Hiking the Inca Trail to Machu Picchu was hands down the highlight of our three months in South America. Going into our RTW trip, we knew that joining a classic four day trek to Machu Picchu would be the one excursion that we would splurge on while abroad.
Trekking Machu Picchu is one of the world’s top adventure trips. Irrespective of whether it is due to the fact that you have a really profound like of ancient historical past, trekking out in the wildness or just like doing a little something adventurous, this trek will make for an enjoyable journey.
Everyone knows about the Inca Trail hike to Machu Picchu, Peru Travel. And as we have said before, despite its reputation for overcrowding, high cost and just being ‘touristy’ (none of which we think is true), trekking Machu Picchu and trekking Peru remains one of the premier trekking experiences in the world.
When it comes to Machu Picchu hikes, you have two main decisions to make: the length of the hike and the size of the tour. Some travelers don’t like the idea of joining a big tour group and would rather pay extra money to hire their own hiking guide. Others, especially solo travelers, like the idea of joining other fellow adventure enthusiasts for a hike. The second decision is the length. While it may be romantic to follow in the footsteps of the Incas along the Inca Trail connecting Cusco and Machu Picchu, not every traveler will have the fitness level and desire to make five days of hiking including camping a worthwhile adventure.
Exploreandes was described by Frommer’s as one of “the top high-end agencies” for hiking in Peru and as “especially good for forming very small private groups.” The company offers several hiking tours, most of which visit Machu Picchu as part of a larger exploration of the Sacred Valley and other nearby areasOne hike that covers Machu Picchu and more is the seven-day Inca Trails of Cusco tour. The tour format uses vehicle and train transfers to drop off and pick up hikers at the end of a series of day hikes, who spend each night in a hotel or country inn rather than camping.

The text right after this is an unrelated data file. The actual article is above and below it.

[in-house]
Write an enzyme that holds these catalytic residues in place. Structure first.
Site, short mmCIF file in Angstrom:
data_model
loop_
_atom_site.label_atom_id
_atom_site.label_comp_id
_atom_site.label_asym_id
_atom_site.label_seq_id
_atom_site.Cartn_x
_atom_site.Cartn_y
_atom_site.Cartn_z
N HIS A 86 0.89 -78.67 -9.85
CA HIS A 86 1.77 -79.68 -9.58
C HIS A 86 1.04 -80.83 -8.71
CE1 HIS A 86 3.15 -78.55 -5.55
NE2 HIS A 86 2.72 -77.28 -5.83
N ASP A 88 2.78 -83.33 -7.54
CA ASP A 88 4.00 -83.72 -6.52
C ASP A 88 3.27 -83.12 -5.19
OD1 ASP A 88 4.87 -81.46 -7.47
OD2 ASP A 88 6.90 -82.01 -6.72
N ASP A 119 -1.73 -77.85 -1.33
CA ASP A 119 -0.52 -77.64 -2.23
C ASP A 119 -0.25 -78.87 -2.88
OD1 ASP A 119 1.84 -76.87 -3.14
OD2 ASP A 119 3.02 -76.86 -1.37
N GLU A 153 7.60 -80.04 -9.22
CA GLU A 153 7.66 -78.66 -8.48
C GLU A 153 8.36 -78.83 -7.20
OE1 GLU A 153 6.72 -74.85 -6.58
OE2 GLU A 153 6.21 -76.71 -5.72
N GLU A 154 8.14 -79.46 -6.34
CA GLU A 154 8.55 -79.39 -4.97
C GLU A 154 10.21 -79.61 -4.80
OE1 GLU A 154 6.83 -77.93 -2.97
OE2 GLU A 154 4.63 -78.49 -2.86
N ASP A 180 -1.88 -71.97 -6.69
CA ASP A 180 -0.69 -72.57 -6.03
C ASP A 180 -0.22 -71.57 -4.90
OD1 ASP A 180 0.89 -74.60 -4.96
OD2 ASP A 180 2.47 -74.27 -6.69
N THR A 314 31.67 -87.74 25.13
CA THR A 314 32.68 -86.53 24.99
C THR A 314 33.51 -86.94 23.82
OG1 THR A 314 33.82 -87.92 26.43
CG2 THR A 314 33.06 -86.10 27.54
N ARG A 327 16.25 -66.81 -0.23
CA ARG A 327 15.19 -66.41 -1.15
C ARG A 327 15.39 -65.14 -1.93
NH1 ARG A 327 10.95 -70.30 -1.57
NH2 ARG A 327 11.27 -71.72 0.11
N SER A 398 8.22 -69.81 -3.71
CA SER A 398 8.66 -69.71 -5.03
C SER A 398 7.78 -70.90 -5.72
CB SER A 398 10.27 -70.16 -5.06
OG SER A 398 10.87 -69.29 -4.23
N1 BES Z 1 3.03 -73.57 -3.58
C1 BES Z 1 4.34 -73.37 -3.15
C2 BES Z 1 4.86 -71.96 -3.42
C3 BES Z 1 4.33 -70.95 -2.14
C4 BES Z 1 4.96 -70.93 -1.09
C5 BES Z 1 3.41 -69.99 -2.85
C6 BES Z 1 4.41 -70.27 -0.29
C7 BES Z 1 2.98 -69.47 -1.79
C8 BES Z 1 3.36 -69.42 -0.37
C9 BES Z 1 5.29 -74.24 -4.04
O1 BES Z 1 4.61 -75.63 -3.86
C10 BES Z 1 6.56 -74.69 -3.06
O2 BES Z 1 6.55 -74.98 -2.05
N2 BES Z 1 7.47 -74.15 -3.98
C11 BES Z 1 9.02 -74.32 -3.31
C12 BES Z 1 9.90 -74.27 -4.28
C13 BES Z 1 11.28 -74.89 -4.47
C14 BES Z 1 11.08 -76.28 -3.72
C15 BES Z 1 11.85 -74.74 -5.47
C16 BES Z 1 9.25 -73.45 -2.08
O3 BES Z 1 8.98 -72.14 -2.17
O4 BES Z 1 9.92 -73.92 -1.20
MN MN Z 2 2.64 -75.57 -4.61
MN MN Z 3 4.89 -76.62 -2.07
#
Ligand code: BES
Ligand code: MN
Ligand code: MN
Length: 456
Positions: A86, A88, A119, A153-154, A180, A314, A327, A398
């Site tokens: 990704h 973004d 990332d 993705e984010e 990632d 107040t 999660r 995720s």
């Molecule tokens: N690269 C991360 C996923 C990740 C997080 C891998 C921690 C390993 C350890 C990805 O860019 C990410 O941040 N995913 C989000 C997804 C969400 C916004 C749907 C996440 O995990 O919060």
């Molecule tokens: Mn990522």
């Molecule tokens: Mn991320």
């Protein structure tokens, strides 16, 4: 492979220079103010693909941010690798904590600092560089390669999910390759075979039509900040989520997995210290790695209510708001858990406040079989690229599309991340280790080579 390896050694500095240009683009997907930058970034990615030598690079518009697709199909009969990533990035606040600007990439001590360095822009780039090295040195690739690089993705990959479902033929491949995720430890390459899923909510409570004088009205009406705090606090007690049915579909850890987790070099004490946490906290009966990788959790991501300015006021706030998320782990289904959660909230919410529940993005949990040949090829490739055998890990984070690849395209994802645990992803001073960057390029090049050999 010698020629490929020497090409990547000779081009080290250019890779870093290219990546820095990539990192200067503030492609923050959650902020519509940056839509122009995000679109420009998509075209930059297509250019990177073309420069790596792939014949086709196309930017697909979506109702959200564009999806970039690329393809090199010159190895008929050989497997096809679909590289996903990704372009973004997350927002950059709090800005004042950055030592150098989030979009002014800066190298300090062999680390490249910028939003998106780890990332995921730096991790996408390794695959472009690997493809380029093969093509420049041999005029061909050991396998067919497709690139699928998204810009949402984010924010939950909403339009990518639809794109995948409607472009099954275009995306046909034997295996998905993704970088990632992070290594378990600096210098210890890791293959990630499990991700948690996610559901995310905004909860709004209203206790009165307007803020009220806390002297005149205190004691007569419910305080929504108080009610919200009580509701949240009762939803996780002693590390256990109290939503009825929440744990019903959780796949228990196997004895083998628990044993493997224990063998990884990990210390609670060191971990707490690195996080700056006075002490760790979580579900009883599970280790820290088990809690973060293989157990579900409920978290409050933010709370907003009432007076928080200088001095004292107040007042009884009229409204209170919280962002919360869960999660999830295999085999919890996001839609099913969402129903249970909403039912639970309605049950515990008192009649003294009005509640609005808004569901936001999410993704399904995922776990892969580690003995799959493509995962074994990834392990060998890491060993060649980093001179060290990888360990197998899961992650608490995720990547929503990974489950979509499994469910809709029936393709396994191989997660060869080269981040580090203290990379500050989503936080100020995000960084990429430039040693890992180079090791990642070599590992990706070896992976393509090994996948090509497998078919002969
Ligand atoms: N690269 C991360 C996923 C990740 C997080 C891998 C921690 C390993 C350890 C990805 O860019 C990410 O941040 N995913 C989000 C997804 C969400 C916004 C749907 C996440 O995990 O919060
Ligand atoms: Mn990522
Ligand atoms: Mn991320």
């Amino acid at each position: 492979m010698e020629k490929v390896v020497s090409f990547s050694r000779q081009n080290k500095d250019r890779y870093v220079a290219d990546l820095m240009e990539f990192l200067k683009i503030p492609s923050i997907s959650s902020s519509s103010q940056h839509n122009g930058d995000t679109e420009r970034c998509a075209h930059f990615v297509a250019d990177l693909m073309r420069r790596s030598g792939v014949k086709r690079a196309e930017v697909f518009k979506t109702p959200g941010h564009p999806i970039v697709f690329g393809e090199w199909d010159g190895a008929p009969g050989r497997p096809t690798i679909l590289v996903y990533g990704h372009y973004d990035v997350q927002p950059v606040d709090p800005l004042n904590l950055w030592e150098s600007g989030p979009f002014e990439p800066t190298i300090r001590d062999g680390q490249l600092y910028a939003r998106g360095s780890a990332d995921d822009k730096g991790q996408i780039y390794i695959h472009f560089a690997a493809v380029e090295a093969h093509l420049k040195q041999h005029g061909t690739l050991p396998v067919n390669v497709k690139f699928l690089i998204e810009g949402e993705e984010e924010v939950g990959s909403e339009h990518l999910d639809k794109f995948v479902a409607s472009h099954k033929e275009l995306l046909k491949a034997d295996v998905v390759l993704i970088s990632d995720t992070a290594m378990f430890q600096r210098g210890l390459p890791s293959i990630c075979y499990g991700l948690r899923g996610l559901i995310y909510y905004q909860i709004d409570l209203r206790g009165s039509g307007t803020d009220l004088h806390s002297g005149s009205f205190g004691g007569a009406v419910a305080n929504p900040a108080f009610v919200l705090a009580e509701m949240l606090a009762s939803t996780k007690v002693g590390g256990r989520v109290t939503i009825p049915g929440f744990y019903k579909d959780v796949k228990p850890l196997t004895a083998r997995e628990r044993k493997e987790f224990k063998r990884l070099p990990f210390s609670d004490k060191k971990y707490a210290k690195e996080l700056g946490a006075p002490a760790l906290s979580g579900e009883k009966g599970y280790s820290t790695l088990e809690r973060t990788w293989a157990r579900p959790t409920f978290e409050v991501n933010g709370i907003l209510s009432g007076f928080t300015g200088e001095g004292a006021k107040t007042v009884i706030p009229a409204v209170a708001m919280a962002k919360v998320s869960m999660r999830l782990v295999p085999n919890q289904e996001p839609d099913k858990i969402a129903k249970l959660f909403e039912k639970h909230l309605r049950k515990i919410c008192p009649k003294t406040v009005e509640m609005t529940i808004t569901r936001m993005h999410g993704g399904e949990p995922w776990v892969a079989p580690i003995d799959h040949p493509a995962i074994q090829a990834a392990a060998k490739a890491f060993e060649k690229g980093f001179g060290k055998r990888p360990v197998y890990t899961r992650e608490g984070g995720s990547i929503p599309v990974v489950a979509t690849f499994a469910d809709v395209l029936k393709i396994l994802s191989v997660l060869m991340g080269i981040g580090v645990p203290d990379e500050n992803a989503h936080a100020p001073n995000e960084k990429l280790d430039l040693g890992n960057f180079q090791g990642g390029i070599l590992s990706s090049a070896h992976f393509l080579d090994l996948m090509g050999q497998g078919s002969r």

Inca Trail Combining beautiful mountain scenery with a stunning mix of Inca paving stones, ruins and tunnels, the classic Inca Trail is the best known route to Machu Picchu, but it’s hardly a walk in the park. The 42km camping trek begins at the terraced ruins of Ollantaytambo (2792m), from where you’ll visit archaeological sites Llactapata, Qoriwayrachina and Wallabamba before reaching the highest point of the trek at Dead Woman’s Pass (4125m).
The Inca Trail hike takes place high in the Andes mountains, and it is important to allow your body to get used to the thinner air before starting the hike. All trekkers should plan to spend three days in Cuzco before the trek to acclimatize.